Two things are remarkable about this audio book.
The first is the quality of the content. Hitchens' mind, evidently, possessed a voracious curiosity, an enormous capacity, and the gift of incisive synthesis. Additionally, he had the ability to articulate this combination with precision and delight.
The second is the rare, to me, ability of the narrator to match the clarity of the prose. He makes no attempt to clarify meaning, merely and intelligently allowing it to come through in the phrasing of the writer's sentences and the shapes of his paragraphs. The result is the clear emergence of both sense and the author's voice.
The listener is very fortunate to find both at once.
I don't believe I've used five stars across the board before, but whatever quibbles would barely knock a point off any. Not only is this scandalously funny, I mean Rabelaisian, but it is delightfully allusive, irreverent, and clever to the point of adding not only wit but insight to Lear no matter how well you think you know the play. Too, I'm rarely fond of narrators making funny voices, but Morton dares and nails the characters, to my mind's eye. Plus he does sardonic marvelously well. Should I ever get a chance to direct Lear, Moore and Morton have given me some wonderful ideas.
Potter's scholarship and breadth of reference is informative and extensive. The book spends more time on detailed critical considerations of the works, including the poems, than on the life but brings contemporary lenses to both. Unfortunately, the narrator emphasizes all the academic qualities of the prose with an overly enunciated, staccato reading that sounds just short of robotic, except when he is reading from the works, when his phrasing, remarkably, often becomes smooth and coherent. Quotes, too, are in a range of arbitrary accents that distract. He appears to have no acquaintance with the period at all, which results in pronunciations - shire rhyming with fire, Henslowe with now, Navarre in three syllables, etc.- that can only be generously called not standard. And "roman a clef" as "Roman ah cleff" is simply hilarious. The production is poor. You will learn more about Shkspr. You will work hard to do so.
Jobs' life is a fascinating story, particularly if you're curious about technology. But there's a great deal more than high tech, and Isaacson covers it all efficiently, although other sources hint that he presents a slightly more generous view of Jobs than others might have. His access to Jobs' family is intimate, but time may tell whether it colored an admiring portrait.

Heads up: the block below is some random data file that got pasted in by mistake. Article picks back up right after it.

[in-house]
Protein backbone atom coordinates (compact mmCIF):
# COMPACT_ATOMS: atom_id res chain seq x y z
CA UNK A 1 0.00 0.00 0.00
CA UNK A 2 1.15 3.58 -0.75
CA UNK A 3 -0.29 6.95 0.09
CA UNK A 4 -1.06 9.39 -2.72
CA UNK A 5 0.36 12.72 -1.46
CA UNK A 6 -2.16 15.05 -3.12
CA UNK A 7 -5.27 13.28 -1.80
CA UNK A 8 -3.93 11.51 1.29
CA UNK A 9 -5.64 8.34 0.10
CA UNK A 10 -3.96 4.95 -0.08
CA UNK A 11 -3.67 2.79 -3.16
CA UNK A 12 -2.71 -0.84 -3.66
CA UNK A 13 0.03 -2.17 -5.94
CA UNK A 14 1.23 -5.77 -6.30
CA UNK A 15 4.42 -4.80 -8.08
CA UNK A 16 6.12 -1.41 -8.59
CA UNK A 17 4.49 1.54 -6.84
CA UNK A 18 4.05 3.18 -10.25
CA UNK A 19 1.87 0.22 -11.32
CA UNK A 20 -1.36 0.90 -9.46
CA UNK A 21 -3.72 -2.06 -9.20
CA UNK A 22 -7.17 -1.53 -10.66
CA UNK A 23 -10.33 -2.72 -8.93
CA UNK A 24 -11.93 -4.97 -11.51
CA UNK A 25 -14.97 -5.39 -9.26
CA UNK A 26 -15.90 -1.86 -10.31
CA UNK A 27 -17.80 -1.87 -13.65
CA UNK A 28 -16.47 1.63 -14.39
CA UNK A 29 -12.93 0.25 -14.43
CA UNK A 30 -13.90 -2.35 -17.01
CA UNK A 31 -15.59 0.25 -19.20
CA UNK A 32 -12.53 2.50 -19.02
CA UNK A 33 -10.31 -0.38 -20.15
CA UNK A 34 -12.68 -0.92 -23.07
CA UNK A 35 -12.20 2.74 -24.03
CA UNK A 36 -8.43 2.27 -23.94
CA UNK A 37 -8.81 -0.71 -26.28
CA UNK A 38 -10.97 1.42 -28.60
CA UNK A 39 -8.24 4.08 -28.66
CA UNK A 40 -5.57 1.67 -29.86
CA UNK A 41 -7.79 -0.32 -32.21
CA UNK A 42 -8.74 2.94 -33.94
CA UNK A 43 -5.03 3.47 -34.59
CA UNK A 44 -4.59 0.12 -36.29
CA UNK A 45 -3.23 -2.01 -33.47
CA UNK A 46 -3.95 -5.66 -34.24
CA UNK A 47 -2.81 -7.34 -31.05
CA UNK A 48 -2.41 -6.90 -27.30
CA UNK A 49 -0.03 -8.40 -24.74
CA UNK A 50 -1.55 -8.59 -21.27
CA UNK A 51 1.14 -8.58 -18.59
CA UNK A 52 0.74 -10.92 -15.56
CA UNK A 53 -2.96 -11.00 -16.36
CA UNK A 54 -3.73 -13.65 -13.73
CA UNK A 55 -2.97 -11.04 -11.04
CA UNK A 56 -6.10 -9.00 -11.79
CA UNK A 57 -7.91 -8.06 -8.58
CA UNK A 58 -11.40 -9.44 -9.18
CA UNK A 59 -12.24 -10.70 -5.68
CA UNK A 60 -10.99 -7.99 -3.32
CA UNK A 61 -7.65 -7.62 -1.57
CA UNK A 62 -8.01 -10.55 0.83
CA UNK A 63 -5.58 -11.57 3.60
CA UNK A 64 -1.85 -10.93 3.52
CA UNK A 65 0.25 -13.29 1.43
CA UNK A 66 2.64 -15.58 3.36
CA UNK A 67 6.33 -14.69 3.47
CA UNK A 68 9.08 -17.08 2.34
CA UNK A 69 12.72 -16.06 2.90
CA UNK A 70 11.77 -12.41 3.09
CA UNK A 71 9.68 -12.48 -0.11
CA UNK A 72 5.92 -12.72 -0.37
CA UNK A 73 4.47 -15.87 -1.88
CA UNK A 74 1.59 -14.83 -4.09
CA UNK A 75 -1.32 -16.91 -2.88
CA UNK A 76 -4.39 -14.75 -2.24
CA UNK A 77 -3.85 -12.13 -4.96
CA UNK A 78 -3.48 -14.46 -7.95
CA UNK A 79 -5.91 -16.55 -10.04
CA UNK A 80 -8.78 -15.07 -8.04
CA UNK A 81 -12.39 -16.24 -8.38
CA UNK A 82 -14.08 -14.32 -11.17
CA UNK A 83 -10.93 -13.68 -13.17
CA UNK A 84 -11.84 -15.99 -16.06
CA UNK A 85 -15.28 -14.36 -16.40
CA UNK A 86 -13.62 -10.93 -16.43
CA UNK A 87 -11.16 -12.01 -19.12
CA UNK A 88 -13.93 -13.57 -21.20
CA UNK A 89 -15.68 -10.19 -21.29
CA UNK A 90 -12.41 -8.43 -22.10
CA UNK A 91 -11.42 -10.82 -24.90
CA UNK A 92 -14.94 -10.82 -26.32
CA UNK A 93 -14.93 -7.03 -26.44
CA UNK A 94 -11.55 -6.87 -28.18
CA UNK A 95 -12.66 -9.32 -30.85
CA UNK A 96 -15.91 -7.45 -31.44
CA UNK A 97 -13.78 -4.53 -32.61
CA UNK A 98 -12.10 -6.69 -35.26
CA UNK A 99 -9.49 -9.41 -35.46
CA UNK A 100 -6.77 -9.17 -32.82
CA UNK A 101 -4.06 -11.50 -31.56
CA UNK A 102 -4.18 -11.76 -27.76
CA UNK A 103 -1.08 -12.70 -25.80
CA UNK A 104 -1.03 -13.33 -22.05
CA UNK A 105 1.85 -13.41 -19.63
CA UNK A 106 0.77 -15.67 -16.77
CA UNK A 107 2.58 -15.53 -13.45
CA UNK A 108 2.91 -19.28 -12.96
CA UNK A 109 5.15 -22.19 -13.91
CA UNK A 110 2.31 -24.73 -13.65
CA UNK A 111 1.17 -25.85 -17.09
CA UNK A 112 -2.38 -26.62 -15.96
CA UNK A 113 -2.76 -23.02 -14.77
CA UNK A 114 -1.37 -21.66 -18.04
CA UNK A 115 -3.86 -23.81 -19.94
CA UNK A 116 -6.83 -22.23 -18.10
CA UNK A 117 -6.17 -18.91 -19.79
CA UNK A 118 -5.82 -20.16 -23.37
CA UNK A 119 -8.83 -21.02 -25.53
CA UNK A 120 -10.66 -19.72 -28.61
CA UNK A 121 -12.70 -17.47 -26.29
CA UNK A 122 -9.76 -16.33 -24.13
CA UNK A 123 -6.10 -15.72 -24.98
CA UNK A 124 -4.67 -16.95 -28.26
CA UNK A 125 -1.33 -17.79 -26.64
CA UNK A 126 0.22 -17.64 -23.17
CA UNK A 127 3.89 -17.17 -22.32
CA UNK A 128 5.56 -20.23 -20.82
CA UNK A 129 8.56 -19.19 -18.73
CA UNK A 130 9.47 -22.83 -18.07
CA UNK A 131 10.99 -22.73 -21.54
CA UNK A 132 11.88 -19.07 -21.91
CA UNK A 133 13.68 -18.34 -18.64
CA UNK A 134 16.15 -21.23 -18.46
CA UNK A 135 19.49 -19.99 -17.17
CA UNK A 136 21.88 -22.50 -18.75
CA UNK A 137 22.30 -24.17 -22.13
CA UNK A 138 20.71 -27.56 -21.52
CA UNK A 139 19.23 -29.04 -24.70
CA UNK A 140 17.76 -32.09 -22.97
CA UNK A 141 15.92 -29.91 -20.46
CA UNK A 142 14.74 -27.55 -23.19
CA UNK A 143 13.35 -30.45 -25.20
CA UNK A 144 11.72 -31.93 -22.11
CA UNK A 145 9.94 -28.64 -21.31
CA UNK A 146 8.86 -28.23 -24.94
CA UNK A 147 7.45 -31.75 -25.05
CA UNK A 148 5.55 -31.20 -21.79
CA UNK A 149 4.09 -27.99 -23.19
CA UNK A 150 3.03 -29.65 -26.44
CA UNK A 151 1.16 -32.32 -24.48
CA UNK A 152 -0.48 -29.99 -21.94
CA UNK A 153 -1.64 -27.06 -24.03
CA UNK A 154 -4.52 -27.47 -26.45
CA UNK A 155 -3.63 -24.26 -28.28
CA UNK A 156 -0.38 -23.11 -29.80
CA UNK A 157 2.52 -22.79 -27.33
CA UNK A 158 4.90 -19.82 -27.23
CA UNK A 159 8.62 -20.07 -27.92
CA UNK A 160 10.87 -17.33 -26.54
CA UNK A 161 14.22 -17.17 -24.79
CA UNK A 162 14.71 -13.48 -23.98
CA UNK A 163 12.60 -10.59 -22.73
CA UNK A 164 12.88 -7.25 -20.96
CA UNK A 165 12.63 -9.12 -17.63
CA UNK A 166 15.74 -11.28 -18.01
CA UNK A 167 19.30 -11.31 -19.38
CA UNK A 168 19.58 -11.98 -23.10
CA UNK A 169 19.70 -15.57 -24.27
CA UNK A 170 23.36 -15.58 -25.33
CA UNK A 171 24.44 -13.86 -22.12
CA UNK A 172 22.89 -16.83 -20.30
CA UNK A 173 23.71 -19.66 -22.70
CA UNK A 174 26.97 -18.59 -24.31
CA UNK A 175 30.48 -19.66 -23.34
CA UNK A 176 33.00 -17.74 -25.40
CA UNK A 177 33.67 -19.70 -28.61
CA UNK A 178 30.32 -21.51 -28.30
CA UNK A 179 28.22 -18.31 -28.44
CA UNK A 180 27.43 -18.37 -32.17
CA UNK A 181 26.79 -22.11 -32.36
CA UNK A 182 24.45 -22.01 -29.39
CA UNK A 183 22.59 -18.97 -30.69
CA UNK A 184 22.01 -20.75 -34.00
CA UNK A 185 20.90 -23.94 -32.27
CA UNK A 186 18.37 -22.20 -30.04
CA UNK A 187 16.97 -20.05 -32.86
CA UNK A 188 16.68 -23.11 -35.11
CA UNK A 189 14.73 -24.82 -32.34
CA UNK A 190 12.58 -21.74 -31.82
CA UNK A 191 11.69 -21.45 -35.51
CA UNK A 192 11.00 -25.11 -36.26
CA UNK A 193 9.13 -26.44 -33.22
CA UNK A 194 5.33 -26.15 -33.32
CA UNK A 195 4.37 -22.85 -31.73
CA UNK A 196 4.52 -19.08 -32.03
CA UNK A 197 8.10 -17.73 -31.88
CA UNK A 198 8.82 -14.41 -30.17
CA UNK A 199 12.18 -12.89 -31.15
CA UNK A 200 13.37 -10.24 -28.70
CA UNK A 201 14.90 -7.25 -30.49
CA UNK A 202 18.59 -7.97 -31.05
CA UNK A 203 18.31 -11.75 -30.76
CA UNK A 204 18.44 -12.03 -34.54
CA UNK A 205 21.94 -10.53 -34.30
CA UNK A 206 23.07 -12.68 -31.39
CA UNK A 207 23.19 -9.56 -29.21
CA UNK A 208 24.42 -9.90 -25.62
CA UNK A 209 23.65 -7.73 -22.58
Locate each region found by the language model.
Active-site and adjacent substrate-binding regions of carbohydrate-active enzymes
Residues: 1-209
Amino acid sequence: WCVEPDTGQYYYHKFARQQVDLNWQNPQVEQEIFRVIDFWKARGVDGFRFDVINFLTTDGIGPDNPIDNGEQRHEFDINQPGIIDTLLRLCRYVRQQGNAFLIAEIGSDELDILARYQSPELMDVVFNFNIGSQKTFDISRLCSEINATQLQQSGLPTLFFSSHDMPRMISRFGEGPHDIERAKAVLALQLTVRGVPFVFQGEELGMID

The reader has three problems.He occasionally mispronounces common words and some names, so you stop listening for a second to mentally correct what you've heard. He also seems to think he has to make the copy interesting, so it's often as if you're listening to something written with sudden ALL CAPS. Third, he's rarely able to quote someone talking without making them sound as if he or she is whinning. I found I was creating an opinion of a person from how he sounded, not from what he said. When I went back and repeated the quote to myself, I found its effect could be very different. No doubt Jobs and Eisner and Ellison, et. al., could complain, but surely they could be simply declarative more often.
He does not, fortunately, get so between you and the book as to prevent both following it and enjoying the content. Given the impact of Jobs on our culture and the details of his story, this is a biography well worth reading.
This is a valuable, albeit basically Eurocentric, history, that goes into sufficient detail to allow you feel familar with each epoch. So far, it has avoided any overtly political agendas and over speculation.
Had I know the reader was David Case, however, I would never have purchased it. For this book he uses a pseudonym, but his flaws remain.He is such a lazy, apparently undirected or produced - certainly uncorrected - reader that I swore never to listen to him again. Some may mistake his accent for a sign of literacy, but to call his pronunciations "non-standard" is generous, whether one looks for them in British or American usage. Further, he seems often unable to distinguish between a comma and a full stop, leaving a closely listening reader to repeat the sentence in the mind, adjusting the dependancy of clauses simply to make sense of what one has just heard.
While I recommend what Roberts has to say, I find myself irritatingly distracted by who is saying it. Buy the book, but be prepared to work far harder at listening than a competent reader would permit.
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